Of course, there's an irony there, and I'm the first to recognize it. Why is a guy trying scorzonera, a guy who can't grow zucchini without mildew, whose only successful tomato was the so-called Early Girl (which only started to ripen in August)?

Maybe this season will be different.


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-- Russ Parsons

Photo: Russ Parsons / Los Angeles Times

Quinces: A tribute to the ancient fruit at the Los Angeles Public Library

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On Oct. 8, the Culinary Historians of Southern California will present "Simply Quince: From Breakfast to Dinner for 3,000 Years" at the Central Library. Barbara Ghazarian will address the long history of the lumpy, golden fruit known as the quince. The lecture will trace the fruit's migration from its origins in the Caucasus and discuss dishes related to ancient recipes, from 10:30 a.m. to 12 p.m.

The event is free and open to the public.

Central Library, 630 W. 5th Street, L.A., (213) 228-7000, lapl.org.


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Photo credit: David Karp / Los Angeles Times

Outstanding in the Field comes to town in November

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Outstanding in the Field -- a mobile supper club, if you will -- is finishing up its 2011 farm-to-table tour with a two-day stop in Hollywood. The big red-and-white bus tours the nation from coast to coast once a year, setting up table at diverse locations like ranches, sea caves, mountaintops and even urban landscapes; in this case, community garden Wattles Farm (just a couple blocks off Hollywood Boulevard).

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Wattles Farm master gardeners Toby Leaman, who is also president of the Wattles Farm board of directors, and Reed Poverny will host the events Nov. 2 and 3.

The event on Nov. 3, featuring chef Jamie Lauren of Vodvil LA, is sold out, but there's still availability for the dinner on Nov. 2; Outstanding will be announcing the guest chef for Wednesday's event shortly.

Tickets are $220 per person and include a reception with wine and passed appetizers, a tour of the farm and a dinner using local ingredients. Outstandinginthefield.com.

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--Caitlin Keller

Photo credit: Jeremy Fenske

Family supper benefit at Good Girl Dinette

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On Oct. 3, Good Girl Dinette will host a family supper benefiting the Young Folks Urban Farmers' project at the Los Angeles Leadership Academy's urban farm.

The Young Folks Urban Farmers is a collective of young people looking to change the way urban L.A. eats. The group has partnered with the academy in Lincoln Heights to bring the community a 4-acre farm (currently growing tomatoes, beans, squash, cucumbers, strawberries, melons and peppers) where the collaborative effort of backyard farmers, students, staff, faculty and parents approach sustainability through urban food production.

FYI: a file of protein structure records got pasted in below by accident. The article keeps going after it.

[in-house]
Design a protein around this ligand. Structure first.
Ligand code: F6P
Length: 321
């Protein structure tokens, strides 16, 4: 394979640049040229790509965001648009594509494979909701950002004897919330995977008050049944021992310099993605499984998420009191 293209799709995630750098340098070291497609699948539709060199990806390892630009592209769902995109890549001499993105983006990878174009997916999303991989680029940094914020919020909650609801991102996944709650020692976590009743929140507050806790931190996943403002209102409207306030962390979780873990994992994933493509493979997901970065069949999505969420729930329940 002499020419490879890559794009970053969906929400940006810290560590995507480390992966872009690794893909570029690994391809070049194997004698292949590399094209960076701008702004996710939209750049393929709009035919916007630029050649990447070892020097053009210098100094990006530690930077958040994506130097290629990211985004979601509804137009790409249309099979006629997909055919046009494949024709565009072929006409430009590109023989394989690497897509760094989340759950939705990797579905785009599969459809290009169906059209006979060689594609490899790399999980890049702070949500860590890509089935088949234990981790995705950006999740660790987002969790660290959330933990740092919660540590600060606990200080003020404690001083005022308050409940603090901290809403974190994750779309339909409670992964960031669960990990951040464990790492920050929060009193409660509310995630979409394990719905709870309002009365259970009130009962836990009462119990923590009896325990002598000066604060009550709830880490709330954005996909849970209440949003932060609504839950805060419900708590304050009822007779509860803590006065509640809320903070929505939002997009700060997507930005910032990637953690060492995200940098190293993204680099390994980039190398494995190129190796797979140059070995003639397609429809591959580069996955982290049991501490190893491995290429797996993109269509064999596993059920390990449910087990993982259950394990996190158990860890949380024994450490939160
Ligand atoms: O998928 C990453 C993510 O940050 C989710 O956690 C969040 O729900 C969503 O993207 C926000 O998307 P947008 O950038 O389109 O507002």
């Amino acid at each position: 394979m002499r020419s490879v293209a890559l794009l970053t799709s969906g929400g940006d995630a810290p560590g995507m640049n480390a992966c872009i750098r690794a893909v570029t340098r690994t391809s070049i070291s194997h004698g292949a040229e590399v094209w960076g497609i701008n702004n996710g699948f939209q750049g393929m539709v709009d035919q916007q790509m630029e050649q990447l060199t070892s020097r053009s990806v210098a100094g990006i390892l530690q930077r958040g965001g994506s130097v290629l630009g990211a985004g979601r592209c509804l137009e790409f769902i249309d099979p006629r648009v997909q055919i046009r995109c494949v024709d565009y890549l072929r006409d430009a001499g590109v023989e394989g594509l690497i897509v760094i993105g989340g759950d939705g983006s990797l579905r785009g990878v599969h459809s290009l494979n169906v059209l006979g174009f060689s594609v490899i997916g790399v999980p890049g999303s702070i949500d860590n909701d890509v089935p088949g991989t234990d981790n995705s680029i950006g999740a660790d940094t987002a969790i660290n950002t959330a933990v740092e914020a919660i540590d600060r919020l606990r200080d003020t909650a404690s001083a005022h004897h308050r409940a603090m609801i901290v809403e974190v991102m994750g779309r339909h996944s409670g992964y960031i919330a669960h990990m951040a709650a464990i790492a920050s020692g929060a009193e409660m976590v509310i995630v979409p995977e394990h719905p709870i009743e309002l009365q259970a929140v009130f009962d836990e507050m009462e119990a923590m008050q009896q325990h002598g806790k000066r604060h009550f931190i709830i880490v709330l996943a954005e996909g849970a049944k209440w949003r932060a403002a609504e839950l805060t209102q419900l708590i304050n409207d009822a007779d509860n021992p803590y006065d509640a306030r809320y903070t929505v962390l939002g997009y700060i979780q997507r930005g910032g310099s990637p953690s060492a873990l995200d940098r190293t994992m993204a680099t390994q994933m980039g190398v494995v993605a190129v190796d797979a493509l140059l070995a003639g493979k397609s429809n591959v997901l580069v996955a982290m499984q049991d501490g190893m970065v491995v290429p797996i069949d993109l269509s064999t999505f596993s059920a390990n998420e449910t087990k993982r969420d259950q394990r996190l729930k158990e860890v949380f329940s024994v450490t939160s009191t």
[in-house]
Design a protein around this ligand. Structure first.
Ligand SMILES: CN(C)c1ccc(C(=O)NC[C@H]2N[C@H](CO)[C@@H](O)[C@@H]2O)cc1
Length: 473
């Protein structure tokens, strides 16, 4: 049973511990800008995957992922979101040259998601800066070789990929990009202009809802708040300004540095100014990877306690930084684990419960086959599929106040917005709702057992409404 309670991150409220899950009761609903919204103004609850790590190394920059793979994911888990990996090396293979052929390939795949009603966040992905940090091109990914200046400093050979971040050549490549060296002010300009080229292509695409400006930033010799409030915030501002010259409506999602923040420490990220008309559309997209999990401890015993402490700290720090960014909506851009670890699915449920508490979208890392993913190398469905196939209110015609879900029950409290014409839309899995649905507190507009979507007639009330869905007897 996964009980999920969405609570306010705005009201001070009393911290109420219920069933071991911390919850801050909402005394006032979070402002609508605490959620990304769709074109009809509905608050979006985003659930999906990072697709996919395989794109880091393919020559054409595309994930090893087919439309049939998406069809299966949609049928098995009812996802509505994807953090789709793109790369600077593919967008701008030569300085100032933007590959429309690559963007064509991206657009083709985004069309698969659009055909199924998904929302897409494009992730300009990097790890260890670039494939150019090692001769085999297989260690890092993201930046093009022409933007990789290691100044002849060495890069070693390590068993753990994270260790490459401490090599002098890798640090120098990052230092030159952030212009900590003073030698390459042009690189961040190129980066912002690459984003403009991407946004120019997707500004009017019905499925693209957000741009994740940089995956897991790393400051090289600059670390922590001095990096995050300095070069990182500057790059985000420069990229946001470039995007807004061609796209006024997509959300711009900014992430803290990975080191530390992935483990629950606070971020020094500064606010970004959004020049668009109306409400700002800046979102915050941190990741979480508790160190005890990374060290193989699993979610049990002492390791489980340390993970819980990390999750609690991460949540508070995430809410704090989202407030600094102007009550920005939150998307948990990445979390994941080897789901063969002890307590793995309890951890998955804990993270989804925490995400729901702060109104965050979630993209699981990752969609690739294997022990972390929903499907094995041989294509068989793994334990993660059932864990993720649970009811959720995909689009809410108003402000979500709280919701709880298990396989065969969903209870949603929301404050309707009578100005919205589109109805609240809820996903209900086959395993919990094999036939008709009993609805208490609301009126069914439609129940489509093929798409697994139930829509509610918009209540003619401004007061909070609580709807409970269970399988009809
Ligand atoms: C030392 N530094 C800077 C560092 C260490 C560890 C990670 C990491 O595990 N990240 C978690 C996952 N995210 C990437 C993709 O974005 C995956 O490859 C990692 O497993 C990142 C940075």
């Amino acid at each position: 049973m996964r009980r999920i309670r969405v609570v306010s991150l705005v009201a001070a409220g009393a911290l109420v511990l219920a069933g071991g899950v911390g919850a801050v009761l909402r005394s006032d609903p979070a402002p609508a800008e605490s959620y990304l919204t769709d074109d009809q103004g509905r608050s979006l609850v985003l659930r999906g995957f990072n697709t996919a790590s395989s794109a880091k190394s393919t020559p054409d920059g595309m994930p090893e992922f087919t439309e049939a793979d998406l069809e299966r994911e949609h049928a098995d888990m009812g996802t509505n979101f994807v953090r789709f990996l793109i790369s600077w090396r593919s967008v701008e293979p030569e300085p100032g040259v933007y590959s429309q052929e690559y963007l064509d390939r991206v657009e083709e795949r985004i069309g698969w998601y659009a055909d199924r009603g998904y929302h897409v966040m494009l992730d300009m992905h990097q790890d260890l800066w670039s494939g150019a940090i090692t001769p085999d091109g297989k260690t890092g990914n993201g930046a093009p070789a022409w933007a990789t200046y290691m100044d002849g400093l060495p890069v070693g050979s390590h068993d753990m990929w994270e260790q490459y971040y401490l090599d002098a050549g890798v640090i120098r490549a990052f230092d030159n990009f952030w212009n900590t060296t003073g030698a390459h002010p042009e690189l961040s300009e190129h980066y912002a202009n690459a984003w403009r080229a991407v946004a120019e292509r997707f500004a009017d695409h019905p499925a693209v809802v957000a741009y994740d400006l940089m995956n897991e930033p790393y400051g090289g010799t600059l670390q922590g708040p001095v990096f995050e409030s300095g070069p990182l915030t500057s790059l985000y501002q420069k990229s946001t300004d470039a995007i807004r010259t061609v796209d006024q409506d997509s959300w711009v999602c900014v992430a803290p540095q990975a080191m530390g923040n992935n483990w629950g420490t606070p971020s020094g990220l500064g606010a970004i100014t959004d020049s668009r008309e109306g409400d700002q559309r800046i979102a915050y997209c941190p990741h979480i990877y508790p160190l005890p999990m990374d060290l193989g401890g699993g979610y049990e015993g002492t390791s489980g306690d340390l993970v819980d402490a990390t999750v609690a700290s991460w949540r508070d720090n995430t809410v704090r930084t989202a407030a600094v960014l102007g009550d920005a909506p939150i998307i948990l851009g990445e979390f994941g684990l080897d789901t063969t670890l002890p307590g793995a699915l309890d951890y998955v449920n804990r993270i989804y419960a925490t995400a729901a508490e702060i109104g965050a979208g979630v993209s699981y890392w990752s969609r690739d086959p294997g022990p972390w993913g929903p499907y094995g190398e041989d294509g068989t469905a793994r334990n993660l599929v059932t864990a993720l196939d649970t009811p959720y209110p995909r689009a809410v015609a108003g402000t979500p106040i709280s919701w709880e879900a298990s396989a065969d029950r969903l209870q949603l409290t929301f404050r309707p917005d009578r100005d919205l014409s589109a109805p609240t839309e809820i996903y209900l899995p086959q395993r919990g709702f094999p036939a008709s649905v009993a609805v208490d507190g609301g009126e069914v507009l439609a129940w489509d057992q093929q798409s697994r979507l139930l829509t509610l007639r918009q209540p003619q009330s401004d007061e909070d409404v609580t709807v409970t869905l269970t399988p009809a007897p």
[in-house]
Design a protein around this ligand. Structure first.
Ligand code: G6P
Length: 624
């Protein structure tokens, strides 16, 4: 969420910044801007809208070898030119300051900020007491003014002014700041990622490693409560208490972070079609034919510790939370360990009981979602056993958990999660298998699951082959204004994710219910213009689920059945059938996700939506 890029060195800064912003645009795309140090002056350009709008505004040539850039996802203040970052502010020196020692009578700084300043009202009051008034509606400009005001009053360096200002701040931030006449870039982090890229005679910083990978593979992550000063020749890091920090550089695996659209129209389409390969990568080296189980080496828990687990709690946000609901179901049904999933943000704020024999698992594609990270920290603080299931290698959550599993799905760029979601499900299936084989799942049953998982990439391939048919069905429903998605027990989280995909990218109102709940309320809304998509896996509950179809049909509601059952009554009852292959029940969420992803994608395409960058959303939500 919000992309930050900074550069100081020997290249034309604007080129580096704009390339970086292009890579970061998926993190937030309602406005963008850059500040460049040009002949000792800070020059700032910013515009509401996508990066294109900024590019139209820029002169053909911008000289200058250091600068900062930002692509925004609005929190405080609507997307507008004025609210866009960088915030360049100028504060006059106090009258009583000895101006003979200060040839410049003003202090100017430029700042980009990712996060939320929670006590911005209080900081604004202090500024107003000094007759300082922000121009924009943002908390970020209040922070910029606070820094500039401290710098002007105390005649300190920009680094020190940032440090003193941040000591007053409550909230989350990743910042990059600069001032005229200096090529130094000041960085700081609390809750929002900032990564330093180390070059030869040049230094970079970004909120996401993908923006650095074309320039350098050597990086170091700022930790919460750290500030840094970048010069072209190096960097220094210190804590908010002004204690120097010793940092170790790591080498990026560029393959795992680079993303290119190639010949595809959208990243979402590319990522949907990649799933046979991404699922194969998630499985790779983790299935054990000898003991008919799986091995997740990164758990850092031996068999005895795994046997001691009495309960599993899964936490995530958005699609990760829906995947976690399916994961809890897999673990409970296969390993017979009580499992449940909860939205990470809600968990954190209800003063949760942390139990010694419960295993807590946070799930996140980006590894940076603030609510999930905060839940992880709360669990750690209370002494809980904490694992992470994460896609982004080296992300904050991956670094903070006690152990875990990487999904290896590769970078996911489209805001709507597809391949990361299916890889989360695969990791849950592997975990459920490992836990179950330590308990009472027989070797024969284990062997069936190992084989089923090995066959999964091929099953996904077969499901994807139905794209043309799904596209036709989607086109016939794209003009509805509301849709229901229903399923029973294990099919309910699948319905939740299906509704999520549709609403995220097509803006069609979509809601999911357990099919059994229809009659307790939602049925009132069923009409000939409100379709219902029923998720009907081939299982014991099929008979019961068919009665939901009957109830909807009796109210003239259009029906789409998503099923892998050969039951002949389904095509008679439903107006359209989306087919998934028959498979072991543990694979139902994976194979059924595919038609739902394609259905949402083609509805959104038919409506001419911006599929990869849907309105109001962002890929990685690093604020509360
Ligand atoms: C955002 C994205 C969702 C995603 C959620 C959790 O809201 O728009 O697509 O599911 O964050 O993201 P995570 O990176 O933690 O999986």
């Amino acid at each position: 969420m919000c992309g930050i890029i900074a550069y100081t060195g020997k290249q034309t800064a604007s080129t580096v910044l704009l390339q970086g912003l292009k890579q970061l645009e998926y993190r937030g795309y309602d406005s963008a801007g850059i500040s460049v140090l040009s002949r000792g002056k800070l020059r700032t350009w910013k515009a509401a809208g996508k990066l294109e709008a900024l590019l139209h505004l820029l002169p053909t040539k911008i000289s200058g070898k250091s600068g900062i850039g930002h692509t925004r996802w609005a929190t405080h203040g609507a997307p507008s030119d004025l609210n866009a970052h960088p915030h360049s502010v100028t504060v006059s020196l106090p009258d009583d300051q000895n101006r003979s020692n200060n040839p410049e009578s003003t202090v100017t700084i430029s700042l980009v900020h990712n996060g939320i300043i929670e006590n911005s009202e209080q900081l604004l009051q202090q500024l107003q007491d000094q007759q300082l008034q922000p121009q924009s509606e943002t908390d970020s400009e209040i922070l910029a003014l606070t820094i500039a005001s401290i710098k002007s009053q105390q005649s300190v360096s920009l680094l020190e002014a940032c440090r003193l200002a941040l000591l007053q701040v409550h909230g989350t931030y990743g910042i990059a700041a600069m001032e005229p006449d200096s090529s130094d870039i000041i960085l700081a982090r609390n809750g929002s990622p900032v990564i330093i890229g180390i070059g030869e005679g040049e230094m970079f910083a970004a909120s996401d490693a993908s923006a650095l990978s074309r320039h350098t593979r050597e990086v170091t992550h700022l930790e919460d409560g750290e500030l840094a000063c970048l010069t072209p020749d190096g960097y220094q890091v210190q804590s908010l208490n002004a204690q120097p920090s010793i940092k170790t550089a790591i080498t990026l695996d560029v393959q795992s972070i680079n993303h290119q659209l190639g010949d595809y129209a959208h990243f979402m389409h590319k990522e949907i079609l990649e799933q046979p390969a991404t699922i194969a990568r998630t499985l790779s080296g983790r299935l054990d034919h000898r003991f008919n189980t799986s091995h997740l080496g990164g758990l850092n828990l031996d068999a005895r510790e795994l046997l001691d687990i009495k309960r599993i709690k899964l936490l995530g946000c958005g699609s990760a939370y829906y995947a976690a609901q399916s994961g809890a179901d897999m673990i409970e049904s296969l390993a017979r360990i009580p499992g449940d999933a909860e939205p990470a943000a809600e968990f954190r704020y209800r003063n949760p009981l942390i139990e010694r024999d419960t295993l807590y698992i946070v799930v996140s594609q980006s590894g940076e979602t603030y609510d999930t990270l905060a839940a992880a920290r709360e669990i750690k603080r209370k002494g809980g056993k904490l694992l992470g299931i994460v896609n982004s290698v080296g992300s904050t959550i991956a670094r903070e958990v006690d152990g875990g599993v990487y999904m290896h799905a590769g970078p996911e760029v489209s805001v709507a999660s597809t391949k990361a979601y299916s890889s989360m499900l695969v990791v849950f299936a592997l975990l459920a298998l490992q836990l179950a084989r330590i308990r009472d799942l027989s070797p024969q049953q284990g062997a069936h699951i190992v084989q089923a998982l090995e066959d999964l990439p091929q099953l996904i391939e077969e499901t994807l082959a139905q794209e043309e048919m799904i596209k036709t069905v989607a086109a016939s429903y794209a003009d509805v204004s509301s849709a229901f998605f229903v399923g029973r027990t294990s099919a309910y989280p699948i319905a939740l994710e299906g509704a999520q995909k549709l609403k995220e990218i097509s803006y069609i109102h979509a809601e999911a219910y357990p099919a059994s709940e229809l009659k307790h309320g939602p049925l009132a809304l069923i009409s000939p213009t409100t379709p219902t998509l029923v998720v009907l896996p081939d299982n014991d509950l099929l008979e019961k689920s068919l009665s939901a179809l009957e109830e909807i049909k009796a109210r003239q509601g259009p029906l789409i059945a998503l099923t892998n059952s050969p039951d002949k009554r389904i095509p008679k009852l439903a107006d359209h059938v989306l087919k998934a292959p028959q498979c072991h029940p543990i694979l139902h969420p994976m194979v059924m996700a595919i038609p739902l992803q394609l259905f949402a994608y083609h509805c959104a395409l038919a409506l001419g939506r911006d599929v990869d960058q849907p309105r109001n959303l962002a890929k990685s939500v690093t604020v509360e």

The Oct. 3 dinner will help fund an Urban Farming elective course offered to high school students at  the academy this fall as well as an after-school program. The meal will be completely sourced from local farmers and prepared by Diep Tran, founder and chef of the American-Vietnamese diner, and team.

Tickets are $35 per person and may be purchased online through EventBrite or at Good Girl Dinette.

110 N. Ave. 56, L.A., (323) 257-8980, goodgirlfoods.com.

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-- Caitlin Keller

Photo: Barbara Davidson / Los Angeles Times

Renee's Garden seeds on sale

Salepackets Though most of the country is coming to the end of this year's vegetable gardens, here in California, we're just turning the page to the next chapter. So now's the perfect time to cash in on the end-of-season sale by Renee’s Garden, reliable purveyor of extraordinary seeds for the kitchen garden. The list of seeds and sale ordering form is here. Stock up on breakfast radish “Petit Déjeuner," French “Rolande” beans, “Baby Bette” carrot and heirloom lemon cucumbers, even “Cinderella’s Carriage” pumpkins, plus handful of basils, smoky bronze fennel and lots of garden flowers, including a dozen or more sweet peas. All at 40% off. Most are $1.67 per packet; some are $1.79.

I don't know about you, but I can never have enough French breakfast radishes. I just keep planting, every week or two, all year long. Have them with sweet butter and fleur de sel as an apéritif or slice them vertically into a salad as a pretty accent.


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 —S. Irene Virbila

Photo: sale seed packets. Credit: Renée’s Garden


Gardener Alert: Two heirloom festivals in September